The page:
After graduating from Northwestern in 1997 and playing in three preseason games for the Dallas Cowboys, Fitzgerald, a native of Orland Park, Ill., worked as a defen­sive graduate assistant at the University of Maryland and under Barnett at the University of Colorado before joining the coaching staff at the University of Idaho in 2000.

In 2001 Walker hired Fitzgerald as Northwestern’s defensive secondary coach.

Fitzgerald’s long-term aspirations became clear when he and his wife, Stacy, visited Walker and his wife, Tammy, at the Walkers’ home before Fitzgerald was offered the job, says Tammy, who remains a close friend of the Fitzgeralds.

“Randy asked, ‘What do you envision yourself doing 10 or 15 years from now?’ ” Tammy recalls. “Pat said, ‘Well, I would love to have your job.’ ”

“Randy laughed,” Tammy says. “He said, ‘Oh, I like that. That’s good.’ ”

By 2002 Fitzgerald had been named Northwestern’s linebackers coach. He took over the program’s recruiting operation in 2004.

It gradually became apparent that Walker was groom­ing Fitzgerald to be his successor, but the University’s long-term plans were shaken when Walker, 52, died of a heart attack June 29, 2006.

While Walker’s family was planning his memorial ser­vice, officials from Northwestern’s athletics department suggested to Tammy that she ask a coach to speak during the event.

Tammy picked Fitzgerald even though he wasn’t the coaching staff’s most senior or highest-ranking member, a choice she says was “by design.”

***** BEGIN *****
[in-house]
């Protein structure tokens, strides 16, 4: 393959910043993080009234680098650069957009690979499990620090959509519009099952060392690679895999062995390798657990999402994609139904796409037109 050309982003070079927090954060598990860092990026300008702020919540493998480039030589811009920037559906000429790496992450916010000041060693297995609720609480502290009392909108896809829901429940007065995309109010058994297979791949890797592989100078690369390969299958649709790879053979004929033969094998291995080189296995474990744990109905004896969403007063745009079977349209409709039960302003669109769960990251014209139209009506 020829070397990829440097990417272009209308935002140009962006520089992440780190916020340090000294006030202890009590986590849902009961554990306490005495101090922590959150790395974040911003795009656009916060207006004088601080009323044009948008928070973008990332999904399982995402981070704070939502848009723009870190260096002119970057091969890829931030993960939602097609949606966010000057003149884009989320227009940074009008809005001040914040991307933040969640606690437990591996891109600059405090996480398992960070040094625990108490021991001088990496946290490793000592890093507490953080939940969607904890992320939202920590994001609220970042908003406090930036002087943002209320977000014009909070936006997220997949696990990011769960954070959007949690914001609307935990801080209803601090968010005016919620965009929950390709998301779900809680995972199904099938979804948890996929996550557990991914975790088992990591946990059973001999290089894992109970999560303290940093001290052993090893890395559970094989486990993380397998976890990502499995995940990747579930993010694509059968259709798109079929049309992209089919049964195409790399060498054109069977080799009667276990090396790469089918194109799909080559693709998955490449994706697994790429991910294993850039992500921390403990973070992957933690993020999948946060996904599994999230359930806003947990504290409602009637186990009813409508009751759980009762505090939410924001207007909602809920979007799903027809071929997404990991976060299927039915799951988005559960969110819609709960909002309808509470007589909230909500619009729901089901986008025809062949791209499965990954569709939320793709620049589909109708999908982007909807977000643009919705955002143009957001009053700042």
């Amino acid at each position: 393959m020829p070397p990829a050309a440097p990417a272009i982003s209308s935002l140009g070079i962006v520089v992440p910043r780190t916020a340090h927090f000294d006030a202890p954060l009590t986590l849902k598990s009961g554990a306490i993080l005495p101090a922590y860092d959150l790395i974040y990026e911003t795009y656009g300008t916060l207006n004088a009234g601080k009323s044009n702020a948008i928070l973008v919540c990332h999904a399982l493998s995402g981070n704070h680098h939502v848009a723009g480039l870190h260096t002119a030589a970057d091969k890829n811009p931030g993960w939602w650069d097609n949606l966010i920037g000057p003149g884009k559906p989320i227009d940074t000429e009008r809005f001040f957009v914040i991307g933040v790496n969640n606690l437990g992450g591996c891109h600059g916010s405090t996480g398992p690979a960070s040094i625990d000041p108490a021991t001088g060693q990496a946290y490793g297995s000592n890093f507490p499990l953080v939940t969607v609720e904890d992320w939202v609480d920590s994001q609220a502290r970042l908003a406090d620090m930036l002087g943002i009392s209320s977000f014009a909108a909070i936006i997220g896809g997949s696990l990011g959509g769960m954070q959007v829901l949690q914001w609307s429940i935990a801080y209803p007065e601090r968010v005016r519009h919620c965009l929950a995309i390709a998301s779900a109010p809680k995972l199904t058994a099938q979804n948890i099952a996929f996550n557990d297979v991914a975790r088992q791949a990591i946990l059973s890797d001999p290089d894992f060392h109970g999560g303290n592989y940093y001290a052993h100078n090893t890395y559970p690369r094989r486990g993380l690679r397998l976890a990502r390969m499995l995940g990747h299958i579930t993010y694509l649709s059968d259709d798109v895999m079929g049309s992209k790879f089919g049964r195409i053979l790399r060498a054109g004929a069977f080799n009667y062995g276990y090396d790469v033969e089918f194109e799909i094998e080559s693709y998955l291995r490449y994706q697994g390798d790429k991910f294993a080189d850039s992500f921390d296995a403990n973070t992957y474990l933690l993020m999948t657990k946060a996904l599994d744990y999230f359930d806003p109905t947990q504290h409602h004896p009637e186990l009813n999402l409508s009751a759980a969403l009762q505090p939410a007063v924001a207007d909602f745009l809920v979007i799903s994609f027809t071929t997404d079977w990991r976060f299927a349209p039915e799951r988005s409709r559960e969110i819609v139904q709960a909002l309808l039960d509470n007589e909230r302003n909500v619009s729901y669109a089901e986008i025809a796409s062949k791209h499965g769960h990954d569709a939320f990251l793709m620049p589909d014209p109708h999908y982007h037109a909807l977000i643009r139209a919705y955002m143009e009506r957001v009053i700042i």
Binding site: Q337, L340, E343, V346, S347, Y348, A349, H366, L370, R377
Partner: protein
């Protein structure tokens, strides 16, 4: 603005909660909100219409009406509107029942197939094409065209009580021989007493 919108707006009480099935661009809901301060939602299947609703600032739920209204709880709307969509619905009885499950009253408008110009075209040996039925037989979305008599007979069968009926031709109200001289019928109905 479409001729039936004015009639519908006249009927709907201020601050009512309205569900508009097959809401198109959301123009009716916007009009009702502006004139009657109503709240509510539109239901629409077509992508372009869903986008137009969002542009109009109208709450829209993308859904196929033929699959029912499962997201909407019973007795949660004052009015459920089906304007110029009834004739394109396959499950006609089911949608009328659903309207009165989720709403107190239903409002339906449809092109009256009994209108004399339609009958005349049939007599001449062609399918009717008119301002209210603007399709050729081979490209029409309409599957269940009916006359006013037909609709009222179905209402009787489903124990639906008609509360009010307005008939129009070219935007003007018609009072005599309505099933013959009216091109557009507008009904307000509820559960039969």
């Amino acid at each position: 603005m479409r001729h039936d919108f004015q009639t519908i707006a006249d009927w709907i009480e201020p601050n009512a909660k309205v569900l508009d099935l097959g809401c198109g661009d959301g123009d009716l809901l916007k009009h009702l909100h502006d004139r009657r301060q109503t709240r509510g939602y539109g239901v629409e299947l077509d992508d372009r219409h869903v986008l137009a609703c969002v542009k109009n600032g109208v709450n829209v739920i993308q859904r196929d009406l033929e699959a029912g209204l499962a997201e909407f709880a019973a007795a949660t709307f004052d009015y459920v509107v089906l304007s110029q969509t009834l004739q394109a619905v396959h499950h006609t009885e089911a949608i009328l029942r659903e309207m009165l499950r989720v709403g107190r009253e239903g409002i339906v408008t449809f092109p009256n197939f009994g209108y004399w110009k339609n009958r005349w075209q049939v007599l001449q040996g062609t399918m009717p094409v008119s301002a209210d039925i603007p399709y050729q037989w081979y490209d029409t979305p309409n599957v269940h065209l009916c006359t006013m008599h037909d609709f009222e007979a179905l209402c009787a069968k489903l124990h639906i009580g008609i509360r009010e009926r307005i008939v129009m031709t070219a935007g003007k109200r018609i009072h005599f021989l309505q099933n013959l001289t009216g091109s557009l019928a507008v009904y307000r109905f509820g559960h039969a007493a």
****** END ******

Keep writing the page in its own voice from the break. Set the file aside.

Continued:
“I knew that he would do a great job [as a speaker],” Tammy says. “I just thought it might help the powers that be to see that he might be a logical next choice, and he did do a great job. He addressed the players and challenged them, which was appropriate at the time and what Randy would have wanted.”

Fitzgerald was named Northwestern’s head coach on July 7, 2006, less than two weeks after Walker’s death and less than two months before the team’s first game that season.

Fitzgerald was 31 when he became head coach, making him the youngest head coach in Division I-A football at the time.

Although Fitzgerald was relatively young and inexperi­enced when compared with his peers, he was the right man for the job, says Mark Murphy, who was Northwestern’s athletics director when Fitzgerald was named head coach and is now the president and CEO of the Green Bay Packers.

“There’s always a risk involved” when hiring a head coach, Murphy says. “From my perspective, when you considered the quality of the person, I considered it a chance worth taking. [Fitzgerald] was so respected throughout the entire University, certainly by everybody who was involved with Northwestern football. I knew that he would be given time to be successful. Obviously, he’s done an outstanding job.”

Before focusing on football, Fitzgerald had to address the pain of Randy Walker’s death. Tammy Walker says she wasn’t surprised by the grace with which Fitzgerald approached the situation.

“He handled it with maturity beyond his years, but then that’s Pat,” she says. “He’s just always been that way, just very mature. But it was a very sad time, obviously. He had to deal with grieving players, grieving assistant coaches, grieving fans. And of course he was very thoughtful to my family and to me.

“It had to have been very tough. Here he was getting this job he always wanted, but the situation is not what anyone would have wanted.”


Fitzgerald admits he struggled at times with the transition from assistant coach to head coach.

“As a head coach, I wasn’t very good,” he says, a smile creasing his face. “I tried to micromanage too many things. Thank goodness for the staff and our players. We found a way to get the ship going in the right direction.”